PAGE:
Adjuvant.Health logo

5 Common Physician Irritations and How To Handle Them

Stressed male doctor sat at his desk. Mid adult male doctor working long hours. Overworked doctor in his office. Not even doctors are exempt from burnout .

By: Jennifer Shaer, MD

1. Late patients

Do you get angry or irritated when a patient shows up late? Do you feel like your day is thrown off or your patient is not respecting your time?  When that happens, consider this: Your patient didn’t show up late with the intention of annoying you.  Whatever their reason for being late (traffic, car trouble, or just plain forgot), you have the power to respond and not react. Decide how you want to respond and move on. If you decide to see them anyway, don’t hold onto resentment. And If you decide they need to be rescheduled, don’t feel guilty. It may not be your fault that they showed up late, but it is your reality. Don’t give a late patient the power to ruin your day. Your ruined day and the mood it creates in you will become reality for everyone you work with.  

Remember, you can’t control other people but can control yourself. 

 

2. Charts

Are you always behind on charts? Are you waiting to perfect your notes before signing off on them? As physicians, we often get hung up on perfection and hard work at our own expense. This work ethic served us well and got us here, but it won’t get us out at the end of the work day, and it’s going to burn us out if we don’t ease up on ourselves. Consider letting your charts be “good enough” and go home.  The longer you wait to finish them, the longer they will take to complete.  

Don’t let perfect be the enemy of good. 

 

3. Non-compliant patients

Are you frustrated when your patients don’t follow your advice? As physicians, we want to fix things and make people better but let go of the thought that we can fix our patients. Only they have the power to fix themselves. You can advise, educate and support. Explore what obstacles they faced and why they didn’t follow your advice. Maybe they didn’t have money to fill the prescription, or they didn’t understand your advice, or maybe they didn’t agree with it and were too afraid to speak up.  

The bottom line, If they don’t follow your advice, it’s not about you; it’s about them.  

Be curious and non-judgemental as to why and don’t take it personally.  

 

4. Negative patient feedback

Do you get upset when a patient is unhappy with you, your medical advice, or your practice? Does it hurt when you get a one-star review online? It’s our natural instinct to want to be liked. The desire to “fit in” comes from our biological instinct to be part of a clan to sustain survival. When this happens to you, recognize it for what it is and give yourself some compassion. 

But don’t give in to the instinct to “fix” the problem so you will feel better and be liked.  

You can’t change the patient’s input but can change your response to the criticism.

First, give yourself compassion for being human and for feeling hurt. Then look at the patient feedback critically. If it’s truly something that you or your office did wrong, fix it, apologize and move on. But if it’s something that was “right” for you and they just didn’t like it, agree to disagree and stay true to your principles. It can be uncomfortable to sit with the feeling that comes with disappointing someone, especially when you are in a helping field. That’s ok, and that’s normal. Sometimes a knee-jerk reaction can cause even more discomfort and consequences.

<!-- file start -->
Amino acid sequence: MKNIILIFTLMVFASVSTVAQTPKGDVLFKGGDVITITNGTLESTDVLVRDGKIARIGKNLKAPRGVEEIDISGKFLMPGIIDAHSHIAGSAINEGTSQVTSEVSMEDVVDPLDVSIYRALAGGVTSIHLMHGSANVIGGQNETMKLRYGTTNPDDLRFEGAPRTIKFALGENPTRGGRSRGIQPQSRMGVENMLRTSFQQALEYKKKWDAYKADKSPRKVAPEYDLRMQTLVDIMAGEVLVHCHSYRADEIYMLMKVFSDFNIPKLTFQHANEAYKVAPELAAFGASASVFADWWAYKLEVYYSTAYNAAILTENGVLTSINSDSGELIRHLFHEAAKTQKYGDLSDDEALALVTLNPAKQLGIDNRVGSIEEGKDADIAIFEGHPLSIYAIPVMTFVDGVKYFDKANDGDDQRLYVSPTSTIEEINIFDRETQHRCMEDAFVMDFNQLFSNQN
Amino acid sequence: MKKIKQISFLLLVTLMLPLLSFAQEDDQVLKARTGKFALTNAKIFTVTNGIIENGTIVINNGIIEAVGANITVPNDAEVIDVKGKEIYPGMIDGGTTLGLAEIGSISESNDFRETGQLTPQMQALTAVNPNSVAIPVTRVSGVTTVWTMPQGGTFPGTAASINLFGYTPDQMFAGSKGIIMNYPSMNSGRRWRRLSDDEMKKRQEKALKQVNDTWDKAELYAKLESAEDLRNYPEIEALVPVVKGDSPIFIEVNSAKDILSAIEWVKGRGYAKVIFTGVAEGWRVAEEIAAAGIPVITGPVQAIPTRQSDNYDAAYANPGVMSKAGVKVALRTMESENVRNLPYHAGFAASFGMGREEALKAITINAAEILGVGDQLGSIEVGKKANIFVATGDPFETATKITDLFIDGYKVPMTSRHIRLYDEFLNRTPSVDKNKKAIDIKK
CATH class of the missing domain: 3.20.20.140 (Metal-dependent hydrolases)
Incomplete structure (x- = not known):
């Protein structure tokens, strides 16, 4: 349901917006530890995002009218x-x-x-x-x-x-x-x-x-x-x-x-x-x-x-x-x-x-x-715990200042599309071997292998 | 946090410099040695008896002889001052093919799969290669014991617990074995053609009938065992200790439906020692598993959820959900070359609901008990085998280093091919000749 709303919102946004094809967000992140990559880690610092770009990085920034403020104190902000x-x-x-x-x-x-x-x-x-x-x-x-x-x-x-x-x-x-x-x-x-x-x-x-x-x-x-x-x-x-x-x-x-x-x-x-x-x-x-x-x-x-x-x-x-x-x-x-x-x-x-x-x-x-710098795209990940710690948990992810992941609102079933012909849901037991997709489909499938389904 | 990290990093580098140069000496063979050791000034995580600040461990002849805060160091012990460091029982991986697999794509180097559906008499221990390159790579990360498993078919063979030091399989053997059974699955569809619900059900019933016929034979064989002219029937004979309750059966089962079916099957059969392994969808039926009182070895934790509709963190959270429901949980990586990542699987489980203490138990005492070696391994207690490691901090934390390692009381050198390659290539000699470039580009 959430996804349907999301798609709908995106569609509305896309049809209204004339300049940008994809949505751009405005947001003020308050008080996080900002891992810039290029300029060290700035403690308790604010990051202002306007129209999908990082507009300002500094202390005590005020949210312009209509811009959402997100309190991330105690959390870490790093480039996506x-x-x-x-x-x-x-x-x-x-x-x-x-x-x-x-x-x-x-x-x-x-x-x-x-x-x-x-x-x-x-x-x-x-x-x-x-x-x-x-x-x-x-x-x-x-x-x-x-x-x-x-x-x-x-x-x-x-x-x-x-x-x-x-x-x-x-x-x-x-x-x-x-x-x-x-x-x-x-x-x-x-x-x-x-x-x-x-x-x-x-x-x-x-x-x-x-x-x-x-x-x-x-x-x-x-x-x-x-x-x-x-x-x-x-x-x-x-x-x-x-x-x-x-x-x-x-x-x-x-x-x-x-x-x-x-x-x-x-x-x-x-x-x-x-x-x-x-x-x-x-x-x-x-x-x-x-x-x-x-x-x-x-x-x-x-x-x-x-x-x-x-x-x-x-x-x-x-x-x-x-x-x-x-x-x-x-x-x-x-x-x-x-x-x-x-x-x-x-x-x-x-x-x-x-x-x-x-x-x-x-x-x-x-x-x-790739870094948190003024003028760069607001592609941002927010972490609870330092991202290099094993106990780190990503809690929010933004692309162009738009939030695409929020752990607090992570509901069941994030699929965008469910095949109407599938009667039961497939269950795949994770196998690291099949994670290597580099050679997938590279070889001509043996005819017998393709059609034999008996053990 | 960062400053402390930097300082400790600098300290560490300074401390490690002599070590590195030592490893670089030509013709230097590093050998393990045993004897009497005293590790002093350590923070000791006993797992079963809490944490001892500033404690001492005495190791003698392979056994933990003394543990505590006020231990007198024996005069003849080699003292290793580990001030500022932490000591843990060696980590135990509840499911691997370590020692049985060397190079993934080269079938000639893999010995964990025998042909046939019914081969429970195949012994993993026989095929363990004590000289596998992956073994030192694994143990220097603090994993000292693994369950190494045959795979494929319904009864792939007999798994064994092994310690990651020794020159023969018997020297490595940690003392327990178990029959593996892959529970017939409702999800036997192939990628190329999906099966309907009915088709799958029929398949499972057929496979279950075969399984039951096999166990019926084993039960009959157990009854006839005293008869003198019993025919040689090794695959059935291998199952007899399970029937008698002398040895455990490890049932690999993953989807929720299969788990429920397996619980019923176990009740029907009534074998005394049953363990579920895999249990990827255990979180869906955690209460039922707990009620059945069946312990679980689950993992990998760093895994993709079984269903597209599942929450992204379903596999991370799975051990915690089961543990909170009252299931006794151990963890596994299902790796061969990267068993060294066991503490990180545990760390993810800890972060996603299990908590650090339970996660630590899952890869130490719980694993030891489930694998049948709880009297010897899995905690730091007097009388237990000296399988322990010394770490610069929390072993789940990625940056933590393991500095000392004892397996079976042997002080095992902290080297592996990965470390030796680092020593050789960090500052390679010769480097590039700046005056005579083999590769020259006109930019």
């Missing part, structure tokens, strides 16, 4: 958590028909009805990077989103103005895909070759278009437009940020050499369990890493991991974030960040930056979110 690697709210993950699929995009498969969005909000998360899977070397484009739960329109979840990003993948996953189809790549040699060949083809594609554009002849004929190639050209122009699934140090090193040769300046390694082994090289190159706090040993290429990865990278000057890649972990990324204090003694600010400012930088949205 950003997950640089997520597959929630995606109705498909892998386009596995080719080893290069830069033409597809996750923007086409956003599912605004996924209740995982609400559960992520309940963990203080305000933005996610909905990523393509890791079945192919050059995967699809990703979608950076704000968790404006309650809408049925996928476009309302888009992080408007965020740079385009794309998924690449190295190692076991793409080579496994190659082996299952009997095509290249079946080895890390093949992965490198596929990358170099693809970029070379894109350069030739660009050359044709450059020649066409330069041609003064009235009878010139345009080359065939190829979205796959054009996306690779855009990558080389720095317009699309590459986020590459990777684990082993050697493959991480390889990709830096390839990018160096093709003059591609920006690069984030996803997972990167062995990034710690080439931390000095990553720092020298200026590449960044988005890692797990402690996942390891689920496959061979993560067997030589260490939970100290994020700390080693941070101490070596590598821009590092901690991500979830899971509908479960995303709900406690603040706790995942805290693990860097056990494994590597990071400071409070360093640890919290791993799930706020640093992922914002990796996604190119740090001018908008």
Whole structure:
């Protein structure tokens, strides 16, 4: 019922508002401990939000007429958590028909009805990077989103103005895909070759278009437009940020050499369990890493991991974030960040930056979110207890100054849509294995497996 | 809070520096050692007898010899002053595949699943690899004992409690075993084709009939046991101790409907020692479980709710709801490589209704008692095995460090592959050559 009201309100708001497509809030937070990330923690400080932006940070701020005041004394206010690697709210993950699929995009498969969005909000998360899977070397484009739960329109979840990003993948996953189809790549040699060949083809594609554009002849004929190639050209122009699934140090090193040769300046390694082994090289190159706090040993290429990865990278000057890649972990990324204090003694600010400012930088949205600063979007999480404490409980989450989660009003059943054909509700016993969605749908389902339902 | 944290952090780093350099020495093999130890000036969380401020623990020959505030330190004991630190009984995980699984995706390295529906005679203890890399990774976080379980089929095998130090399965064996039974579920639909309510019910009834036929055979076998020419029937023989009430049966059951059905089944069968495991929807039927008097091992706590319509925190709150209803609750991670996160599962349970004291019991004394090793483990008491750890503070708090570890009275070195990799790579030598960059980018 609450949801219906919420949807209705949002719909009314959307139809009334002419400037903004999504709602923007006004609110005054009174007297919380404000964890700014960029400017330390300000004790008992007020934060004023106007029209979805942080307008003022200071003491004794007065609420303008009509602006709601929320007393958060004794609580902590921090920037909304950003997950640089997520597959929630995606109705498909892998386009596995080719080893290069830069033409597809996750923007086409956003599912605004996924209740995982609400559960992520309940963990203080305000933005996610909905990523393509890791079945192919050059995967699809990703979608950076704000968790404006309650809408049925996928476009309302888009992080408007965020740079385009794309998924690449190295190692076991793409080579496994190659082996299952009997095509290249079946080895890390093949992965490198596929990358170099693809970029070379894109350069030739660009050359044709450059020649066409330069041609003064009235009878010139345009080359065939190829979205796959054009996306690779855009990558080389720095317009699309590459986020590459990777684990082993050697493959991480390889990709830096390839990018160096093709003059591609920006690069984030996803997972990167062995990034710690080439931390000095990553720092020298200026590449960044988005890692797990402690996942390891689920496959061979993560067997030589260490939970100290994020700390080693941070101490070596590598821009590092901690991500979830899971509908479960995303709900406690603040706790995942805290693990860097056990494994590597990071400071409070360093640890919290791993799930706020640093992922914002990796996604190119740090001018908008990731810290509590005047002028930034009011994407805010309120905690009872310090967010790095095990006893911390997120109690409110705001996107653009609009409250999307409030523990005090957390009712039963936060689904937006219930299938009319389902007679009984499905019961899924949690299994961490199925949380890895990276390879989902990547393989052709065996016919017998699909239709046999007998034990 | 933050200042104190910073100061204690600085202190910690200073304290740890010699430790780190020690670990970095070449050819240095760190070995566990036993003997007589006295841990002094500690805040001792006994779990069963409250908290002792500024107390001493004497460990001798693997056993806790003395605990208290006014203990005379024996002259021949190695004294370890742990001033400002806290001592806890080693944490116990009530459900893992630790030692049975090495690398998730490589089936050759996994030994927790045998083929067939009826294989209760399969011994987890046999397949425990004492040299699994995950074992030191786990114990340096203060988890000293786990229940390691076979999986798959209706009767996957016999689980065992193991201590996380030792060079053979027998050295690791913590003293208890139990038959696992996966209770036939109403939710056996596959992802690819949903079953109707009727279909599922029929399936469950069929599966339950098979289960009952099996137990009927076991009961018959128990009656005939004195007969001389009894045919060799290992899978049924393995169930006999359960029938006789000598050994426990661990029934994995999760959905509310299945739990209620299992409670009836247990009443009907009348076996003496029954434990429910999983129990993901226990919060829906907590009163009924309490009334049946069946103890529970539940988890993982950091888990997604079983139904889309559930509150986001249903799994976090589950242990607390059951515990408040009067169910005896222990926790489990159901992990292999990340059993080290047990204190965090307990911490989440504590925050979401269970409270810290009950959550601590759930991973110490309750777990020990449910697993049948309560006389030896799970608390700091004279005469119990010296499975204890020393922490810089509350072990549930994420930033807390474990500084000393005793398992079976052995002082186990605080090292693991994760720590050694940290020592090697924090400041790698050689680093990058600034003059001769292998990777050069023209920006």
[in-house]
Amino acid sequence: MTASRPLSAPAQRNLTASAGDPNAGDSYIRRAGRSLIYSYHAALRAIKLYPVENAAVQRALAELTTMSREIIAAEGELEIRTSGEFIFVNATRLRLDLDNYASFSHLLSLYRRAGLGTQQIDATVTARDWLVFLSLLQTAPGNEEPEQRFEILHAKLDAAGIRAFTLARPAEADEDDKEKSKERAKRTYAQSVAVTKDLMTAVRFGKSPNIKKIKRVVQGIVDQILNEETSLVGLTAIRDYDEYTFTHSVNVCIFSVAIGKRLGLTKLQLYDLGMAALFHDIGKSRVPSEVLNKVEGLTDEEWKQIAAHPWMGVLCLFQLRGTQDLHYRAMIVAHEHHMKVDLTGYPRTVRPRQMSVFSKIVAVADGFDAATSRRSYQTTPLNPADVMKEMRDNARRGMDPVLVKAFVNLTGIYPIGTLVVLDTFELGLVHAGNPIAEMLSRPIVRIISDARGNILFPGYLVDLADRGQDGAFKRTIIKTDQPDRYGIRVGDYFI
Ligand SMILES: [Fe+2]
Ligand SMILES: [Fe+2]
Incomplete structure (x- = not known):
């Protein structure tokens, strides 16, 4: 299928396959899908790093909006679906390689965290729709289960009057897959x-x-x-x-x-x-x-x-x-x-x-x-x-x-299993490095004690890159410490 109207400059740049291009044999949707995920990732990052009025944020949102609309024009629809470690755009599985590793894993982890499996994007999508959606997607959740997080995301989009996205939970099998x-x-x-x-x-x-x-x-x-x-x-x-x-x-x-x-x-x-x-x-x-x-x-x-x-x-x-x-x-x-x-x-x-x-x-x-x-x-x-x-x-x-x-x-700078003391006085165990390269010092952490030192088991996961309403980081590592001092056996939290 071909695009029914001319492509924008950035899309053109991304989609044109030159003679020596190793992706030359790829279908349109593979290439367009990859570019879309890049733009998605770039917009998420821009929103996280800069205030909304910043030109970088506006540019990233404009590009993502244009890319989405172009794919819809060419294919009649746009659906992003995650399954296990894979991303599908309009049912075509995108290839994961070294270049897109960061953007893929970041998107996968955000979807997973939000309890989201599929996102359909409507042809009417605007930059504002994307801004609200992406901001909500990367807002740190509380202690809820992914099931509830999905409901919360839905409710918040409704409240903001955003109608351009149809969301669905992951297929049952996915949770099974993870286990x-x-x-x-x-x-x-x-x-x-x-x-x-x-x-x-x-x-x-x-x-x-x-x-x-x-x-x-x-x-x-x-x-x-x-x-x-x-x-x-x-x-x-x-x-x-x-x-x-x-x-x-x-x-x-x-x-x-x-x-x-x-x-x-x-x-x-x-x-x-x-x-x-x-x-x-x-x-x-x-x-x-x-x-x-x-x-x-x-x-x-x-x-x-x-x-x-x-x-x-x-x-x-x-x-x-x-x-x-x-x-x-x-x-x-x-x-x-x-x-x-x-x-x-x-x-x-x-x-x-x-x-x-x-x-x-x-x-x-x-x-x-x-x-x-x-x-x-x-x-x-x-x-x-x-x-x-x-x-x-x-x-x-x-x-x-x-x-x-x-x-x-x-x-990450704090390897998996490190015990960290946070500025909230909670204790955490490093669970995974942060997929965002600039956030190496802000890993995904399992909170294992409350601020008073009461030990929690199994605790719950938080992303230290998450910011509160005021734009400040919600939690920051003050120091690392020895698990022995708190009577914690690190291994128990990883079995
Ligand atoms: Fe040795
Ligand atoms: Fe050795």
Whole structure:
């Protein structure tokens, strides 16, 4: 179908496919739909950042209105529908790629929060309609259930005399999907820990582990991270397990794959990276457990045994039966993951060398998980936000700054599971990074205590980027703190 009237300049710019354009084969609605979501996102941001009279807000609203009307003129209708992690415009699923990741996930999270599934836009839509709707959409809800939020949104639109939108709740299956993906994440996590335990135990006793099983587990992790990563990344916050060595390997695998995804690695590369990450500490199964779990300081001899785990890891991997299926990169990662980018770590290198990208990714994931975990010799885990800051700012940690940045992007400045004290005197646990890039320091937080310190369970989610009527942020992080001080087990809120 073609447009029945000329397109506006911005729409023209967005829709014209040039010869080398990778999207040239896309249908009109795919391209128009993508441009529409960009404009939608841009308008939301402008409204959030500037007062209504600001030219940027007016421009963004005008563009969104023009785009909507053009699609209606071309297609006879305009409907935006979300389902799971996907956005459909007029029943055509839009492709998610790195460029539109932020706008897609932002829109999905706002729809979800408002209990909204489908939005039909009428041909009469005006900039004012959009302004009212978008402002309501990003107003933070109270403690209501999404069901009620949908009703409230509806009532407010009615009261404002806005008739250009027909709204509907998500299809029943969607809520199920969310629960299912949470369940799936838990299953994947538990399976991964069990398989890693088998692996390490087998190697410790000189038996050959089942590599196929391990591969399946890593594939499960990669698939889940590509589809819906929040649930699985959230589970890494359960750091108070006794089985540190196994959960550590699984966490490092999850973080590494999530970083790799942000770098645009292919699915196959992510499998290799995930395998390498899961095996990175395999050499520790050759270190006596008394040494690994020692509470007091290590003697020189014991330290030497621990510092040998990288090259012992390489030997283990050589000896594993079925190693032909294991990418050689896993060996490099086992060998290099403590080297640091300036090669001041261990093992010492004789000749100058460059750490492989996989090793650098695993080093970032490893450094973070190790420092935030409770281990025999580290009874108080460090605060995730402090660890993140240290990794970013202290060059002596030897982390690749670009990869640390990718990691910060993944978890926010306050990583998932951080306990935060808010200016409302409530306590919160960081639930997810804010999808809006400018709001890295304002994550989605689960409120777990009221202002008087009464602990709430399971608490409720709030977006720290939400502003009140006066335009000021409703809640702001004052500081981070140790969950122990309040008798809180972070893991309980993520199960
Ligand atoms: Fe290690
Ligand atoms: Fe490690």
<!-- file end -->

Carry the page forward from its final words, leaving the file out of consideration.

Remember, your goal as a physician is not to please everyone but to provide compassionate, top-notch care.  

 

5. Worry after hours

Do you worry about patients you send home?  Feel like you made the wrong decision and that something terrible will happen?  Those thoughts can keep you up all night.  Sometimes our brains spin in this cycle of worry and questioning. What to do? First, don’t beat yourself up.  Recognize that you have these thoughts because you are a caring physician who wants to help people and get things right. If you didn’t care, you would never worry. Your brain automatically offers you these thoughts, but you have the power to let them go so you can go to sleep and function the next day. Remind yourself that you made the best decision that you could at the time. If the thoughts keep popping up, try a guided relaxation meditation for sleep. Your brain cannot pay attention to two things at once. It cannot focus on thoughts if it is focused on body sensations. These relaxation meditations might help you fall asleep when your mind is swirling.

Dr. Jennifer Shaer is a pediatrician, the Chief Medical Officer of Allied Physicians Group, and a certified executive and life coach.  In addition to general pediatrics, she spends much of her time coaching parents and patients on healthy habits, behavior, mental health, and breastfeeding.   Dr. Shaer believes strongly in harnessing the power of the mind to maximize health and well-being and spends much of her time empowering teens, parents, and fellow physicians, to step up and live their best life. To learn more about her physician coaching services, click here.